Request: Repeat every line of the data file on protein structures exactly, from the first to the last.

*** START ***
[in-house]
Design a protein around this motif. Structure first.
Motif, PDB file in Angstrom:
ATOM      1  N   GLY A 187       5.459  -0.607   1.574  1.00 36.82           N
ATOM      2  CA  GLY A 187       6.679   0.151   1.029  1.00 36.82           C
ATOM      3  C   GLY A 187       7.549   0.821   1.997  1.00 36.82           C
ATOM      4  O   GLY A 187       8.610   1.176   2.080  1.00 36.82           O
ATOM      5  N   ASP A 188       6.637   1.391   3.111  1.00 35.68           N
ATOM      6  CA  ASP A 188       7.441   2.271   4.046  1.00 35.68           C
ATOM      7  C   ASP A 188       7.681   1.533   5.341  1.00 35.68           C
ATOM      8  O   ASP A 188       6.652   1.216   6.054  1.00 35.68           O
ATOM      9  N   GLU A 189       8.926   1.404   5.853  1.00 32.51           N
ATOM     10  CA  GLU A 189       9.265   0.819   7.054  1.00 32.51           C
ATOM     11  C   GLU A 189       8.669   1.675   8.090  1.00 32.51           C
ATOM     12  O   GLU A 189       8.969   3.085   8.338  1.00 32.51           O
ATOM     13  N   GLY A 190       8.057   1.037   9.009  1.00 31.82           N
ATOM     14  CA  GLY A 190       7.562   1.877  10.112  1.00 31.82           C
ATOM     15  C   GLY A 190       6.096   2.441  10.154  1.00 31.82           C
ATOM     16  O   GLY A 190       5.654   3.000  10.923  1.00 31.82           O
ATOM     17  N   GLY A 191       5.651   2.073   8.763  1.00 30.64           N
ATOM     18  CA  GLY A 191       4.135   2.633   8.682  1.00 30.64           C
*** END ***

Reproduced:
[in-house]
Design a protein around this motif. Structure first.
Motif, PDB file in Angstrom:
ATOM      1  N   GLY A 187       5.459  -0.607   1.574  1.00 36.82           N
ATOM      2  CA  GLY A 187       6.679   0.151   1.029  1.00 36.82           C
ATOM      3  C   GLY A 187       7.549   0.821   1.997  1.00 36.82           C
ATOM      4  O   GLY A 187       8.610   1.176   2.080  1.00 36.82           O
ATOM      5  N   ASP A 188       6.637   1.391   3.111  1.00 35.68           N
ATOM      6  CA  ASP A 188       7.441   2.271   4.046  1.00 35.68           C
ATOM      7  C   ASP A 188       7.681   1.533   5.341  1.00 35.68           C
ATOM      8  O   ASP A 188       6.652   1.216   6.054  1.00 35.68           O
ATOM      9  N   GLU A 189       8.926   1.404   5.853  1.00 32.51           N
ATOM     10  CA  GLU A 189       9.265   0.819   7.054  1.00 32.51           C
ATOM     11  C   GLU A 189       8.669   1.675   8.090  1.00 32.51           C
ATOM     12  O   GLU A 189       8.969   3.085   8.338  1.00 32.51           O
ATOM     13  N   GLY A 190       8.057   1.037   9.009  1.00 31.82           N
ATOM     14  CA  GLY A 190       7.562   1.877  10.112  1.00 31.82           C
ATOM     15  C   GLY A 190       6.096   2.441  10.154  1.00 31.82           C
ATOM     16  O   GLY A 190       5.654   3.000  10.923  1.00 31.82           O
ATOM     17  N   GLY A 191       5.651   2.073   8.763  1.00 30.64           N
ATOM     18  CA  GLY A 191       4.135   2.633   8.682  1.00 30.64           C